How family discipleship can make your job easier

The not-so-subtle assault on families in our time is real. This should drive us to be intentional in making disciples of our children so they can know biblical answers to the moral questions they will face. For decades Christians have looked to the church as the primary institution for instilling faith and values into our kids. Here’s a simple question: How’s that working for us? A solid family ministry strategy that is intentional can help parents and church leaders be effective at making disciples of the next generation.

Timothy Paul Jones is a major voice in creating a new culture where churches are more intentional in partnering with parents. The second part of my recent conversation with Timothy is now up at www.churchandfamilync.org. I hope you’ll take time to listen. There are take-aways for parents and church leaders that are super-practical and encouraging. Here are my top 10 (5 for parents, 5 for church leaders):

As Parents:

  1. Take your own discipleship seriously.
  2. You don’t have to be perfect. Be genuine and sincere.
  3. Start a Family Faith talk at least once a week. Keep it simple and gear it to the age of your kids.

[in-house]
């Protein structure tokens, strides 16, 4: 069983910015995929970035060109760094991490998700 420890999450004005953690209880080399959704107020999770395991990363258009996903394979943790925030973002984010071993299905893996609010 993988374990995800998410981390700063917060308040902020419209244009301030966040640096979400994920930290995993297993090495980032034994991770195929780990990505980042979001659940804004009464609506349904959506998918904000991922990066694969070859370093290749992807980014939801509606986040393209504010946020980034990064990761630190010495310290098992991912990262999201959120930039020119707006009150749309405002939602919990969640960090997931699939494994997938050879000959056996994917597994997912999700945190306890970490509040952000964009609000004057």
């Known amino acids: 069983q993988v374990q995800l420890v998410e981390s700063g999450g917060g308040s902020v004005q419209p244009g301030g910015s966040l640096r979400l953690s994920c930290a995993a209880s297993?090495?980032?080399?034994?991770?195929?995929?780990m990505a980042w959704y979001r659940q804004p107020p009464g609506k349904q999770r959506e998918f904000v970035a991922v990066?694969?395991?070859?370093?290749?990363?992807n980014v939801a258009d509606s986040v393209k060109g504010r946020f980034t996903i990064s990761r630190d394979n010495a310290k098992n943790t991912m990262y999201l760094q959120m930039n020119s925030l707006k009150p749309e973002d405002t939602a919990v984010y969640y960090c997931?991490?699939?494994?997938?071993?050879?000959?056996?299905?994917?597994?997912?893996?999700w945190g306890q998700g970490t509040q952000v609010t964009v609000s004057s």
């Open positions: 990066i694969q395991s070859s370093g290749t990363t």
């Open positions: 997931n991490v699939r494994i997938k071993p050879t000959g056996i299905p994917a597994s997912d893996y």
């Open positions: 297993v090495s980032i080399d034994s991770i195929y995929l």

4. Don’t see the church staff as the main disciple-maker, but see them as partners to help you take that role.
  5. My favorite: Consistency matters more than content! Your kids will remember the time you spend with them more than the teaching itself.

As Church Leaders:

  1. Ask your leaders, are you doing this in your home?
  2. Start a family ministry team.
  3. Don’t blow up the bride of Christ. Love people to change, don’t try to force change.
  4. Re-culture the church. Create a new culture, not just a new strategy.
  5. Provide the tools. Give parents simple resources they can use to do family faith talks at home. This can simply be a take home question or two from the sermon.
Recently, I encouraged some friends to start spending time in prayer together as couple. The husband said, “When should we start? The wife said, “How about tonight?”
The same question is a good one for family discipleship. When should you start?
How about tonight?